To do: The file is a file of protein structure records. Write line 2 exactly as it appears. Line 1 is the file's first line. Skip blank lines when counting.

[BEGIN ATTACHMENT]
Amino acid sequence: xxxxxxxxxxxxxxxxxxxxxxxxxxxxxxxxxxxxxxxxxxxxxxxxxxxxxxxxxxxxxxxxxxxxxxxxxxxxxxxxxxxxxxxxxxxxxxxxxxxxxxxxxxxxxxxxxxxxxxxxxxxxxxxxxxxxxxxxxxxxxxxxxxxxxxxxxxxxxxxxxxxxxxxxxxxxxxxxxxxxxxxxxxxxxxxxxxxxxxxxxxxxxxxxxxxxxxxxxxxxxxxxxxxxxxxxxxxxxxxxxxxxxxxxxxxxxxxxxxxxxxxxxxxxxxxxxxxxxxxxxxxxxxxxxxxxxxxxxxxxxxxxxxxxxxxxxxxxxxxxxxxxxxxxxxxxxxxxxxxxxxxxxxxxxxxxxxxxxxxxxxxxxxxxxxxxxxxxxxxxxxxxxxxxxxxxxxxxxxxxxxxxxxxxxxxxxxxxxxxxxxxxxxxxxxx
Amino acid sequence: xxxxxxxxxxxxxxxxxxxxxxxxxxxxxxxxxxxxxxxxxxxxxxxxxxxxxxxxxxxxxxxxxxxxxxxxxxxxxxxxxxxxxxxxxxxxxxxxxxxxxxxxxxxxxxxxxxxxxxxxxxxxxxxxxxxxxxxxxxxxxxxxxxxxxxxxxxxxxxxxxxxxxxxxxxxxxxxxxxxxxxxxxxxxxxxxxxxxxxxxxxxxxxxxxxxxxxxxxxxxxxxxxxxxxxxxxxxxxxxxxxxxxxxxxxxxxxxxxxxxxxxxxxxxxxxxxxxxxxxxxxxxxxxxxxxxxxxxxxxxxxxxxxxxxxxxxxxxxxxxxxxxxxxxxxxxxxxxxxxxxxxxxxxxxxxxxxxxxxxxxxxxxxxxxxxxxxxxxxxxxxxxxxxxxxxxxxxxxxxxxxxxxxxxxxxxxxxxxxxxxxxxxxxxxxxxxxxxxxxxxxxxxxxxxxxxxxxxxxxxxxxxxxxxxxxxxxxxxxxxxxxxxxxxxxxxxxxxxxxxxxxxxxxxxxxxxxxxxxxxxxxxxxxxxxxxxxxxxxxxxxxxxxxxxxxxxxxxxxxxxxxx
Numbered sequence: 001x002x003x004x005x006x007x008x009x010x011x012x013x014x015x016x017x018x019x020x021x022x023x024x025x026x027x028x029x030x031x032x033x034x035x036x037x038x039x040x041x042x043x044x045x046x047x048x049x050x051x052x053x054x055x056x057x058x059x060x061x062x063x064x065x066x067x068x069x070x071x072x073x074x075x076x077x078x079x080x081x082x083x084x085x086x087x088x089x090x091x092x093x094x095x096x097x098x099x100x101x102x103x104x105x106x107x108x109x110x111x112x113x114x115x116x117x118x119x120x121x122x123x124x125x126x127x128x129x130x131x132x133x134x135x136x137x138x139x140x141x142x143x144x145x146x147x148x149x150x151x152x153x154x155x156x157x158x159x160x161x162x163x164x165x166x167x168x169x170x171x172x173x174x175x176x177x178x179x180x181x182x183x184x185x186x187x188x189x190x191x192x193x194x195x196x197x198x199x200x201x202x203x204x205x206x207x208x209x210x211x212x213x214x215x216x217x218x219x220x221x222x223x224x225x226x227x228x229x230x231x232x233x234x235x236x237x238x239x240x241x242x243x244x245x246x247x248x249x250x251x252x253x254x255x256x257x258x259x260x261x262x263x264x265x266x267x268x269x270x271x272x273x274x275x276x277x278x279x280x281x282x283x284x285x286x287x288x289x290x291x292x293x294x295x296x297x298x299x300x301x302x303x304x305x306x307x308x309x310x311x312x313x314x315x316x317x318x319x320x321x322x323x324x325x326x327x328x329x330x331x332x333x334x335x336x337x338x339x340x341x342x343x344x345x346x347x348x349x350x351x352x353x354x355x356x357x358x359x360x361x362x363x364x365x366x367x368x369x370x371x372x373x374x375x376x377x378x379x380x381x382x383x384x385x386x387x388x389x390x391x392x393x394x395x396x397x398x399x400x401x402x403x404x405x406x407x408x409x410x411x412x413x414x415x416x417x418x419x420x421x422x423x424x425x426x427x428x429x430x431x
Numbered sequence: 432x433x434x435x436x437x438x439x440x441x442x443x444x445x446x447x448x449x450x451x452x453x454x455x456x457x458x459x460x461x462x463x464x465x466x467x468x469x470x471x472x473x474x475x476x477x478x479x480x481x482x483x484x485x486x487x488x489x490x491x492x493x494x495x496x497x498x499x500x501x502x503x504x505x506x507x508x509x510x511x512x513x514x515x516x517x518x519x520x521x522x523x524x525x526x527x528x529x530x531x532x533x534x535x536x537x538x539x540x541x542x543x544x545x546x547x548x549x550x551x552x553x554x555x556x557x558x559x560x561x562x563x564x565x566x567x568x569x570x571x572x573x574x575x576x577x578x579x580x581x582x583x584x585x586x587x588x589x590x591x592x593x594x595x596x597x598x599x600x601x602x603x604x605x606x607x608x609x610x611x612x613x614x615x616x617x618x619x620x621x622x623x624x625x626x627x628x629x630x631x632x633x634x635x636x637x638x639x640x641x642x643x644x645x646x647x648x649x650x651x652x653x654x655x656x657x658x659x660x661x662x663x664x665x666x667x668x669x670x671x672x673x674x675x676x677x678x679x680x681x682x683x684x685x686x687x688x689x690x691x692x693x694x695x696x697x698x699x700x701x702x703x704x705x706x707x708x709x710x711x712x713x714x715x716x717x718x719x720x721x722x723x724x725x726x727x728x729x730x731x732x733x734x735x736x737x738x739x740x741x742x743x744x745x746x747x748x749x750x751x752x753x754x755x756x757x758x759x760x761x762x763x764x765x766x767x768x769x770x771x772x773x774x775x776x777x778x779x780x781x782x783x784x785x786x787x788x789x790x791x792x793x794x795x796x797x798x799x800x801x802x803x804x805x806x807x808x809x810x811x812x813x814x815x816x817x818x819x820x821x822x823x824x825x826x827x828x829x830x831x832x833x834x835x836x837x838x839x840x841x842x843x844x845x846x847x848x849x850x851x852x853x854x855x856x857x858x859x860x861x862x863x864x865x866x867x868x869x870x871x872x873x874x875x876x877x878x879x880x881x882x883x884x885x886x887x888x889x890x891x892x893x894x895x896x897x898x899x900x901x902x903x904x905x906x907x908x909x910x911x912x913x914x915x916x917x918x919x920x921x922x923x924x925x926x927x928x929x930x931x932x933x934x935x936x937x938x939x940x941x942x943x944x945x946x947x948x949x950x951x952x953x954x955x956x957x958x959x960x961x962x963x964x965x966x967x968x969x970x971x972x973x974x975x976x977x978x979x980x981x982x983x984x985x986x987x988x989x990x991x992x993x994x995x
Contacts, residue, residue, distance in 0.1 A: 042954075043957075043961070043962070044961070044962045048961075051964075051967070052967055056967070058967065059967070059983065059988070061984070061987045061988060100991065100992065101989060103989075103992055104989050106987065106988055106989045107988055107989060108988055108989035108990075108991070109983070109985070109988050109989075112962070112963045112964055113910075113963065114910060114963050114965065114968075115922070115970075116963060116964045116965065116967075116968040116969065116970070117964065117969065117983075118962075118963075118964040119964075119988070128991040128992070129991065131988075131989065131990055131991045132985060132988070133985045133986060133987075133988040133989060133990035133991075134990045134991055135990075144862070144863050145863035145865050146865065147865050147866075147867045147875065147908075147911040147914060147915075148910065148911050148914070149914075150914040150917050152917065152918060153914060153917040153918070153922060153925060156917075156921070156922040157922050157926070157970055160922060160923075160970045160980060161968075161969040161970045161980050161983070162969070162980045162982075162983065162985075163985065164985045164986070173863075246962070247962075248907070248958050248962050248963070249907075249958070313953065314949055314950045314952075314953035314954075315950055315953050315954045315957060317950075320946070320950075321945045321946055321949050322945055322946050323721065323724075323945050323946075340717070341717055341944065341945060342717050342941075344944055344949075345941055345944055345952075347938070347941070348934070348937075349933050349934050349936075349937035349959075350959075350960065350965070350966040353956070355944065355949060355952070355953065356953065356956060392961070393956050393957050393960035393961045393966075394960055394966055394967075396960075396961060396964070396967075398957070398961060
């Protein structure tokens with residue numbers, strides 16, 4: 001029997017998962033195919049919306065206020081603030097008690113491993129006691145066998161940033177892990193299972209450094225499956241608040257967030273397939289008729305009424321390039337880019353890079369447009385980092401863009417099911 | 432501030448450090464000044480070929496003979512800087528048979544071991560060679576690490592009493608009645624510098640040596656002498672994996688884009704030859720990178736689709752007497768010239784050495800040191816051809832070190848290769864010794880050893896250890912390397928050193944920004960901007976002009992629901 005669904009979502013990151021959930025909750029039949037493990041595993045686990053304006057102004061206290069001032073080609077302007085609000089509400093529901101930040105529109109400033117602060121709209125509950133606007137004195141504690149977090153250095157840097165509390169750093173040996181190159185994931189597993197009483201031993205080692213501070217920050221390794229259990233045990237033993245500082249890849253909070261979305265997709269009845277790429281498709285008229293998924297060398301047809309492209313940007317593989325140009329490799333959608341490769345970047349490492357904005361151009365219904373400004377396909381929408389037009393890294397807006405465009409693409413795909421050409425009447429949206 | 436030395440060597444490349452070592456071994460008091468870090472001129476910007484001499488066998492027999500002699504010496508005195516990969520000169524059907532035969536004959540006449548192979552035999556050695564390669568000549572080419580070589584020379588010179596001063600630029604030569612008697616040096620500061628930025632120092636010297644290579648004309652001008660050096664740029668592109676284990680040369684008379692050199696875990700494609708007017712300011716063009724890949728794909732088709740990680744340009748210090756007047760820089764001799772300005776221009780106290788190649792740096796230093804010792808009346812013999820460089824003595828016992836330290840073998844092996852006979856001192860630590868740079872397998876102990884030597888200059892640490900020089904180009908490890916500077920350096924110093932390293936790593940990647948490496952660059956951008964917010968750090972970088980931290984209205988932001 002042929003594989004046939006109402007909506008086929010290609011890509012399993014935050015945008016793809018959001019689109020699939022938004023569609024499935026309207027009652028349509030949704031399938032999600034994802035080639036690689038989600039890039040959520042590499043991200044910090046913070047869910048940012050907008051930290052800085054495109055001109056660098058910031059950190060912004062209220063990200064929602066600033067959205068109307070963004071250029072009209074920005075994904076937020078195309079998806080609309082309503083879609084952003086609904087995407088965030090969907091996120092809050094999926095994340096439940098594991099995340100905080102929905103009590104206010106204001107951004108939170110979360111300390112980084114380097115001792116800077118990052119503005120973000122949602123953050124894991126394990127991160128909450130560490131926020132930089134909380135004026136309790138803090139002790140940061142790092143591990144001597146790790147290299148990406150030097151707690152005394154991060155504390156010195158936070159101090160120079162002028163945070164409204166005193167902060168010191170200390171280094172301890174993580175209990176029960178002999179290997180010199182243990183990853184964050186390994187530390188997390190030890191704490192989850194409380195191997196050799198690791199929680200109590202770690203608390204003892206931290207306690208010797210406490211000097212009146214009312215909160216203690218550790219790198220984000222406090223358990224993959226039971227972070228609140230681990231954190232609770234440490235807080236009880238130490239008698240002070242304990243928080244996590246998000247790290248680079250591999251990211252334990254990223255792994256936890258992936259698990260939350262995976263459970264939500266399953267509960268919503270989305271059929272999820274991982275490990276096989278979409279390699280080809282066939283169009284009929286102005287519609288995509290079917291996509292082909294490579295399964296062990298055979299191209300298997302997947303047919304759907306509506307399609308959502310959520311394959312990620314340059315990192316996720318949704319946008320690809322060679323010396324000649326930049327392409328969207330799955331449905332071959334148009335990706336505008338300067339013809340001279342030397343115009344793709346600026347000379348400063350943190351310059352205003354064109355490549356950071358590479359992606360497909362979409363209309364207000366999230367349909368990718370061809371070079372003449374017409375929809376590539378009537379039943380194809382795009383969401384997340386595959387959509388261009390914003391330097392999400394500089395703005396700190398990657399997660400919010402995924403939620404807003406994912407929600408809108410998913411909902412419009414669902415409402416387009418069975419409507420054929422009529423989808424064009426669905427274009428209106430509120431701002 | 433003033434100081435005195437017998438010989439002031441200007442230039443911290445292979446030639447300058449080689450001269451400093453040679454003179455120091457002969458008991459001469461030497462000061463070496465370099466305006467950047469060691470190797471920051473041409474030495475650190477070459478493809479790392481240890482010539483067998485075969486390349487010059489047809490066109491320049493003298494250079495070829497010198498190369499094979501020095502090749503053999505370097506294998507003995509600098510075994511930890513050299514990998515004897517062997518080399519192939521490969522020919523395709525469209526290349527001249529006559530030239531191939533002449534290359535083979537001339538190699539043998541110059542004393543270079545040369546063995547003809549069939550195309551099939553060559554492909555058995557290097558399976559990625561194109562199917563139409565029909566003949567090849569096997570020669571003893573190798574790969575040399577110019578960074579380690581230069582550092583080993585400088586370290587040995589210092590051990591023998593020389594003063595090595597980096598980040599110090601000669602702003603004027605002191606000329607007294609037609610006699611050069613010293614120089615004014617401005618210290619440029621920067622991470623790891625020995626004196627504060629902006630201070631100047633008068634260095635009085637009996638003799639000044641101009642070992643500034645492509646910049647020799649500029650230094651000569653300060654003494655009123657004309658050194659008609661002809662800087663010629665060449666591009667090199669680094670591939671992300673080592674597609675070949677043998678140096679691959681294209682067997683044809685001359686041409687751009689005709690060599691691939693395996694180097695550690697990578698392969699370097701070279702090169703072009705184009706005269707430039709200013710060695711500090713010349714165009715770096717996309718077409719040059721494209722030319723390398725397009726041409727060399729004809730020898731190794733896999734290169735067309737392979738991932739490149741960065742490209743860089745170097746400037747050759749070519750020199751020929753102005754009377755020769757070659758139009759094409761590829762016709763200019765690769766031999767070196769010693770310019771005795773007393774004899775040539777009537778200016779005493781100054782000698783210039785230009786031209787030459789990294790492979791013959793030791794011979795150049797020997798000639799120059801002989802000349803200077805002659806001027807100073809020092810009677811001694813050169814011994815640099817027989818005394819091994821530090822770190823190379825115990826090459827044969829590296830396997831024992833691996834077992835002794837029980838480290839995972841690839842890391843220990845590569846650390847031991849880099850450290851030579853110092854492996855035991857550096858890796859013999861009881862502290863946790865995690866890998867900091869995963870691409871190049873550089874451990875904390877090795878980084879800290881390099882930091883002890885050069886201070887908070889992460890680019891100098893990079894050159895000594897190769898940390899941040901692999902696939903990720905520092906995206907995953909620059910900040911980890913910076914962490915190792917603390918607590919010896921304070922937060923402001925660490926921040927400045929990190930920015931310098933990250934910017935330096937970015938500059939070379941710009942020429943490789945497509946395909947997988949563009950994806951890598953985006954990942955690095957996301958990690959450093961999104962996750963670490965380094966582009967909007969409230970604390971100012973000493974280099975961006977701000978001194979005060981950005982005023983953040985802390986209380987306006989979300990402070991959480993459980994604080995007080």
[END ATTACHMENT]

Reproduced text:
Amino acid sequence: xxxxxxxxxxxxxxxxxxxxxxxxxxxxxxxxxxxxxxxxxxxxxxxxxxxxxxxxxxxxxxxxxxxxxxxxxxxxxxxxxxxxxxxxxxxxxxxxxxxxxxxxxxxxxxxxxxxxxxxxxxxxxxxxxxxxxxxxxxxxxxxxxxxxxxxxxxxxxxxxxxxxxxxxxxxxxxxxxxxxxxxxxxxxxxxxxxxxxxxxxxxxxxxxxxxxxxxxxxxxxxxxxxxxxxxxxxxxxxxxxxxxxxxxxxxxxxxxxxxxxxxxxxxxxxxxxxxxxxxxxxxxxxxxxxxxxxxxxxxxxxxxxxxxxxxxxxxxxxxxxxxxxxxxxxxxxxxxxxxxxxxxxxxxxxxxxxxxxxxxxxxxxxxxxxxxxxxxxxxxxxxxxxxxxxxxxxxxxxxxxxxxxxxxxxxxxxxxxxxxxxxxxxxxxxxxxxxxxxxxxxxxxxxxxxxxxxxxxxxxxxxxxxxxxxxxxxxxxxxxxxxxxxxxxxxxxxxxxxxxxxxxxxxxxxxxxxxxxxxxxxxxxxxxxxxxxxxxxxxxxxxxxxxxxxxxxxxxxxxxxxxx